Tuesday, October 11, 2005


Why so quiet?

We've been a bit quiet recently. Just to ressure you all, this means nothing more than we've had our heads down and we're busy. Files have been moving in and out of our CVS, and a major presentation is being worked on that will be made availabel to all. For those who happen to be going to LinuxConf 2006, I hope to have the Meccano prototype and a Polymorph extrusion head demonstrated as part of the RepRap presentation there.

ECONZ Has generously donate more stepper motors to the cause, so I might upgrade the drive system at some point as the new ones are stronger than my salvage from the floppy drives.

The big push now from my perspective is to get some communications going between the PICs in a meaningful way, which Simon and Adrian have been preparing code for. I'm also stuck right in the middle of the perparations for Laingholm Volunteer Fire Brigade's 50th anniversary, which is no small task but will be over in a fortnight.

So, back to work.

Vik :v)

I just wanted to note that I'm a little concerned about using a software license that is explicitly for software for a machine - I'm contemplating basing one of my school projects on the RepRap, and I don't want my school to have the opportunity to mess the licensing up.
Not to say that I'm against the exact spirit of the GPL, just the wording in this case that says it's for software :)

Perhaps a rewording that says the same thing, but is less potentially challengable in that it is specifically for this sort of work?
Small correction: the GPL appears to be potentially applicable.

In it's first term, The GPL states that it applies to any program or other work that the copyright holder puts under it.

On the other hand, the first term of the LGPL states that it applies to any software library or program put under it by the copyright holder - no other works.

I would hope that if a physical analogy of software linking is the reason that the LGPL is being used instead of the GPL, that we could go ahead and use a version modified to include non-software works.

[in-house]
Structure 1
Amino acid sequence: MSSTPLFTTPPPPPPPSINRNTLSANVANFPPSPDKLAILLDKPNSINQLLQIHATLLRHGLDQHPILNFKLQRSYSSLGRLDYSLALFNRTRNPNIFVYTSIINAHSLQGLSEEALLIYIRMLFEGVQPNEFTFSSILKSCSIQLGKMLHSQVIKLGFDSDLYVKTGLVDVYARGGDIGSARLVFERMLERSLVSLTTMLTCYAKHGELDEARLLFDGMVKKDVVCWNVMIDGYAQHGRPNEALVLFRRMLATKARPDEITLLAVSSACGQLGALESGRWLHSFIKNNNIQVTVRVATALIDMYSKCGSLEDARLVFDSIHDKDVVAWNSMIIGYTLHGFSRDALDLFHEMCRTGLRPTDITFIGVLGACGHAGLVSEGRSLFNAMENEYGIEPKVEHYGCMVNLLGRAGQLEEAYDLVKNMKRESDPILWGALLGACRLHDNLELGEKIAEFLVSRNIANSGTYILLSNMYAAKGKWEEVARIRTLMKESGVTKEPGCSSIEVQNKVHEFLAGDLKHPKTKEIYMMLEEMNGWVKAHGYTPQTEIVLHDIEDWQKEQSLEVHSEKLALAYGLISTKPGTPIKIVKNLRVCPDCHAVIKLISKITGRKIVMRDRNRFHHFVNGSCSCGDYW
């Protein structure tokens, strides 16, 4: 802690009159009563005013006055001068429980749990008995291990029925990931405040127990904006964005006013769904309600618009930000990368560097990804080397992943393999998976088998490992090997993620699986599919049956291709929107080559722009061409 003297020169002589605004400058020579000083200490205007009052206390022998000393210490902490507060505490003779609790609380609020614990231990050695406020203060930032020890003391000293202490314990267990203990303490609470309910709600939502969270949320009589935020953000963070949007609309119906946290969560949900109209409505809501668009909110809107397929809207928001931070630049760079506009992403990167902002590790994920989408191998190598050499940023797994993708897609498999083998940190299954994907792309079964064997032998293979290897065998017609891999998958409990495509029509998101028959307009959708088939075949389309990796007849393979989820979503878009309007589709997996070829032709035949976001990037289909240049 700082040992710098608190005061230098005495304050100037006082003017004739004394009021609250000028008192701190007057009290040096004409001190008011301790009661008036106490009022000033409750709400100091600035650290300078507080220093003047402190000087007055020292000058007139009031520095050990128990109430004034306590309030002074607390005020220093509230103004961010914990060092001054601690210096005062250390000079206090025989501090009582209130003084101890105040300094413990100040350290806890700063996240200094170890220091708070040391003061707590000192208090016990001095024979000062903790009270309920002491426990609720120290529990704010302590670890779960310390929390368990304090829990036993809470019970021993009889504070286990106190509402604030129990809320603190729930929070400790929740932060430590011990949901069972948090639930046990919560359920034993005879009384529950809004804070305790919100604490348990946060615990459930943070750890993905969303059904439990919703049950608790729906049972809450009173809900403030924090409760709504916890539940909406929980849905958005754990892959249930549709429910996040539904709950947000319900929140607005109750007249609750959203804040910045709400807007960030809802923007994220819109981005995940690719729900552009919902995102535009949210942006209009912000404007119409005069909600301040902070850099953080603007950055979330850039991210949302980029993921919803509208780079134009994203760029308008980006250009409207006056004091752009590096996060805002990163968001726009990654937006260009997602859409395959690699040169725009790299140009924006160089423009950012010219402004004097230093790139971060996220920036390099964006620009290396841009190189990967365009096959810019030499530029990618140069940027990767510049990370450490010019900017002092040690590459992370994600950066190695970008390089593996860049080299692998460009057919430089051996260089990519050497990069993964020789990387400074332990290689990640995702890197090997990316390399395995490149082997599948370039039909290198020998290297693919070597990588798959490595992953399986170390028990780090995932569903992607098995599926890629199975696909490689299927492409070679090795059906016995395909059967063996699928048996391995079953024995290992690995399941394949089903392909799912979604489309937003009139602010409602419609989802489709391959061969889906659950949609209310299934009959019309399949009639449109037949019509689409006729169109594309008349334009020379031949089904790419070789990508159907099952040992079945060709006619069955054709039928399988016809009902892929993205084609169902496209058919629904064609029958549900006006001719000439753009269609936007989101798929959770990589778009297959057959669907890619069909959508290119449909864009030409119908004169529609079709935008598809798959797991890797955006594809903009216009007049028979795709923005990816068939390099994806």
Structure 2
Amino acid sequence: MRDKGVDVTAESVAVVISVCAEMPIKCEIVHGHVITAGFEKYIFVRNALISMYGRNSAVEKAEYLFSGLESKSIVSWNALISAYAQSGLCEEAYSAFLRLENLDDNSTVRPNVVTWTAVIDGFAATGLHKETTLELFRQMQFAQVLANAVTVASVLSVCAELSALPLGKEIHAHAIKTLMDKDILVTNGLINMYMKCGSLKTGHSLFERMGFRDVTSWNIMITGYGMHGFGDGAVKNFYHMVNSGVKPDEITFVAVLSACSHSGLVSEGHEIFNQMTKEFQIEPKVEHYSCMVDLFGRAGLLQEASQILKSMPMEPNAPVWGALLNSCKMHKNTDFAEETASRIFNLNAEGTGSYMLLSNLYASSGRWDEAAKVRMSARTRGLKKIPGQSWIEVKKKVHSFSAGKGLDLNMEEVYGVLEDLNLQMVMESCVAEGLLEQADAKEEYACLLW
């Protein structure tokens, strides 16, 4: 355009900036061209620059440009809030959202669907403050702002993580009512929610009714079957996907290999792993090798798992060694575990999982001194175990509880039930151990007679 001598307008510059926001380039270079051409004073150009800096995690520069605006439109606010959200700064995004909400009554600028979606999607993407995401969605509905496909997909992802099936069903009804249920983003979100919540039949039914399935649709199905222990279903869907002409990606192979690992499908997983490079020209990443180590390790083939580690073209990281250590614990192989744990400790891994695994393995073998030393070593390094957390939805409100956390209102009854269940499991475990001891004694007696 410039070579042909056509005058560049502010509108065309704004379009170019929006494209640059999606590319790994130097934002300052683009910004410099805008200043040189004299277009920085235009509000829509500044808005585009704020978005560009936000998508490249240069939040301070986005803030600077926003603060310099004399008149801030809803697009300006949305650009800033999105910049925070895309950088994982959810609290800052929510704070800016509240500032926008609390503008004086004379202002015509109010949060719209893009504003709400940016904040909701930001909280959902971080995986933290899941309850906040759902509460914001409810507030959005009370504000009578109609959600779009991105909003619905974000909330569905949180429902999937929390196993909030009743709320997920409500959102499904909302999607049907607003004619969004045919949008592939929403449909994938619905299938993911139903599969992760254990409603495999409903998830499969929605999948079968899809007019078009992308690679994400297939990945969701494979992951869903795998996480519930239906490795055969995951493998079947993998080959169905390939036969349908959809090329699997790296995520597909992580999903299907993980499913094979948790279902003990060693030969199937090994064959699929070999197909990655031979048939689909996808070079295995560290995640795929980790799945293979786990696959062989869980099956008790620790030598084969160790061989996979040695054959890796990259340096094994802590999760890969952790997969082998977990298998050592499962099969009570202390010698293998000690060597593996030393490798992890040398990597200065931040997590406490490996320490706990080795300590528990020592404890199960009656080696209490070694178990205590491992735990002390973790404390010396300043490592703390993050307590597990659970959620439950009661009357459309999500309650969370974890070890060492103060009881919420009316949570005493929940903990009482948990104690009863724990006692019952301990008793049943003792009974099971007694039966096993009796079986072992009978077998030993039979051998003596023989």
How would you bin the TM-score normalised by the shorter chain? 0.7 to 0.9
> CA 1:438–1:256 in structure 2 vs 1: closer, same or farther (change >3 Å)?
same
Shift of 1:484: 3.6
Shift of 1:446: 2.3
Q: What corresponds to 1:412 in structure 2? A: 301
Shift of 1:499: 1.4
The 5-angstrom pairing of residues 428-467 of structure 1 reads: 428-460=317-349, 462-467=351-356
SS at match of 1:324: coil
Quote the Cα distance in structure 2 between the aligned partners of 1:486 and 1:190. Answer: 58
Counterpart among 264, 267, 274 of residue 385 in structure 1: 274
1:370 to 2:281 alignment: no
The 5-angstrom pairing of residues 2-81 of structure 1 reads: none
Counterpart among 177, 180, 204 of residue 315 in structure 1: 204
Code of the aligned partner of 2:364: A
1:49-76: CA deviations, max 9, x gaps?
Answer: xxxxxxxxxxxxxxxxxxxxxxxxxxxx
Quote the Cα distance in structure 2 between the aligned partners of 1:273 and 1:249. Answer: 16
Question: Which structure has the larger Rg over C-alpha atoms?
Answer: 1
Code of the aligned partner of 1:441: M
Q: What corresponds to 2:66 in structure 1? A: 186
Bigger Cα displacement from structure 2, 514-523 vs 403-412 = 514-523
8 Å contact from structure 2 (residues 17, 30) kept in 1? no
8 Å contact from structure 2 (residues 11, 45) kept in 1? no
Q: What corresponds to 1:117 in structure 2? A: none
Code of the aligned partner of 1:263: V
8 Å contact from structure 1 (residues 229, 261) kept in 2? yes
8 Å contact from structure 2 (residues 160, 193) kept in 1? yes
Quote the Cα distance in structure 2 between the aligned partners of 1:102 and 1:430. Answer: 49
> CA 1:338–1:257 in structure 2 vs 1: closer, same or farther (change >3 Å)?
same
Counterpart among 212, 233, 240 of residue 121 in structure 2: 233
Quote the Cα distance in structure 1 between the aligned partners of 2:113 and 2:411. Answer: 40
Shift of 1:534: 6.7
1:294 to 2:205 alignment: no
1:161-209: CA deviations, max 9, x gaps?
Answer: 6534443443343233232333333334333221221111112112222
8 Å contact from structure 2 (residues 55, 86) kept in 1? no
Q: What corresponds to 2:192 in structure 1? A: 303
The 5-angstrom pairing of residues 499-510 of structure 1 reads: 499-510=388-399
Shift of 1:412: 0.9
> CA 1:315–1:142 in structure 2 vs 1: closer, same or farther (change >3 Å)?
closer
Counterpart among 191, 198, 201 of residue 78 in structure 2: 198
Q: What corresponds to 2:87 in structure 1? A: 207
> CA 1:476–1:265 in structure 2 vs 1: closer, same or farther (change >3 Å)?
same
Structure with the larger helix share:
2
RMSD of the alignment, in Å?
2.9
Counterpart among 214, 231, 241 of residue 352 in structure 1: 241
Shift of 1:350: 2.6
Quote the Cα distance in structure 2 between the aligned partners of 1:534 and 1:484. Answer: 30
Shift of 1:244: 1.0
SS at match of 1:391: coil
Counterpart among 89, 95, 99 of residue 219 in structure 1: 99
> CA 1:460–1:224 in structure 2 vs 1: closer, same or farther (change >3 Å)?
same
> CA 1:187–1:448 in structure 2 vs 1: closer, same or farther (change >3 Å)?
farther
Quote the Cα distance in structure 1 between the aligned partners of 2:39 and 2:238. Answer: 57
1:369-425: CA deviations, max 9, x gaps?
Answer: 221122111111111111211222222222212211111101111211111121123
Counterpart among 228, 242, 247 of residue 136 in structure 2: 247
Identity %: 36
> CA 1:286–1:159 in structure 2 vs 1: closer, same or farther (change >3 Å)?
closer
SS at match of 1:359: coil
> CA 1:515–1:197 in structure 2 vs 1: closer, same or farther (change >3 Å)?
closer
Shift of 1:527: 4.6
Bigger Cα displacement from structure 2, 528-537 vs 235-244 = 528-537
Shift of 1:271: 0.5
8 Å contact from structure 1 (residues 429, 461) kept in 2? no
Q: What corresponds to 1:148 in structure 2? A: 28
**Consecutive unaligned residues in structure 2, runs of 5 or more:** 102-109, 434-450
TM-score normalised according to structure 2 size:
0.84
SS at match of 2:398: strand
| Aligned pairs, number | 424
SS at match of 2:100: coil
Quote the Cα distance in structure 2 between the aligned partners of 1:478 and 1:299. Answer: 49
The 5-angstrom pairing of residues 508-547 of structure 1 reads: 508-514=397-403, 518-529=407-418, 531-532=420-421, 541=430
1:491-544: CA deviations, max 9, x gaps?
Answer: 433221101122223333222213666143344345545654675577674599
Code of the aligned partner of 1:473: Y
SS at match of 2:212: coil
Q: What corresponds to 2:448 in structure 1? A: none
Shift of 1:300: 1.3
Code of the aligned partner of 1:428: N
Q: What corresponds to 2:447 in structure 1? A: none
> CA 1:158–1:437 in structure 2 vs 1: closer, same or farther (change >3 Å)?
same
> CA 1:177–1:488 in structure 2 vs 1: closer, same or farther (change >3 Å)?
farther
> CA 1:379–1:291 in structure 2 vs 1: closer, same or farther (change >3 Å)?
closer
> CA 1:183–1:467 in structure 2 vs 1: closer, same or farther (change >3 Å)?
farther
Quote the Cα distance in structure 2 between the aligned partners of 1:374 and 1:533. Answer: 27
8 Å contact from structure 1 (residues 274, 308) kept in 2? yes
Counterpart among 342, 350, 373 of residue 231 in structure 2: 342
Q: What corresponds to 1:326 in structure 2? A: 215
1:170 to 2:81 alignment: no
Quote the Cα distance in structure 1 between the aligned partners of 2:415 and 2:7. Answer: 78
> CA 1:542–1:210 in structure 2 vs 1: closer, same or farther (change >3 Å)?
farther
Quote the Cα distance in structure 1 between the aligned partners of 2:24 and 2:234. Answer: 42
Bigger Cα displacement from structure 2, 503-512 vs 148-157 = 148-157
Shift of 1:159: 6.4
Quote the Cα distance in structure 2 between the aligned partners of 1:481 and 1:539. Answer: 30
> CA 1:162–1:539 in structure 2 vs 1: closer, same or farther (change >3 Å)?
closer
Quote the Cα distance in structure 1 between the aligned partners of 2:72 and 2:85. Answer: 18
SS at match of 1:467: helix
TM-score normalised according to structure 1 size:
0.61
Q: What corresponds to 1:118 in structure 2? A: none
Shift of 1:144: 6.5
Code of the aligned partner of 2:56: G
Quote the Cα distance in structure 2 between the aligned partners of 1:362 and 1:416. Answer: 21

Just my concerns.
I think the idea is to make sure nobody can sit on a technological advance that would improve the RepRap design.

Vik :v)
I'm not particularly concerned about the idea of how this is to be licensed (I think that without being licensed under this or a similar license, the project as a whole drops to only a little bit higher of a status than the commercial rapid prototyping machines already available - it's what makes this project quite so special in my mind), but rather the annoying little details of it being the LGPL rather than the GPL or a license designed to do the equivalent of the GPL.

Also, there is the whole matter of the GPL not inducing providers of a service utilizing a modified form of the work but not destributing said modified form to distribute the source of the work or their derivative in any way.

Actually, under the idea of the LGPL, people could build commercial machines designed to have a RepRap included as part of their design, and distribute them under whatever restrictions they please - providing that the end-user supplies the reprap.

Not that either of those two paragraphs are problems at all, just my trying to expand upon what the GPL does and doesn't mean.
The GPL itself may not turn out to be the most applicable licence for all aspects of RepRap. What is important is the spirit of the GPL, which insists that the details of any changes distributed to anyone are made freely available to all.

It doesn't stop you making things with a GPL'd application that you can market as you see fit, as long as those do not incorporate GPL'd components. As to how this works in practice, I suspect RepRap will set a few goalposts up for people to kick new concepts at!

But the gist as I understand it is: personal use is uninhibited, enhancements for distributed use are available to all. Anything else will stifle the project's evolution, and that's what RepRap is all about.

Vik :v)
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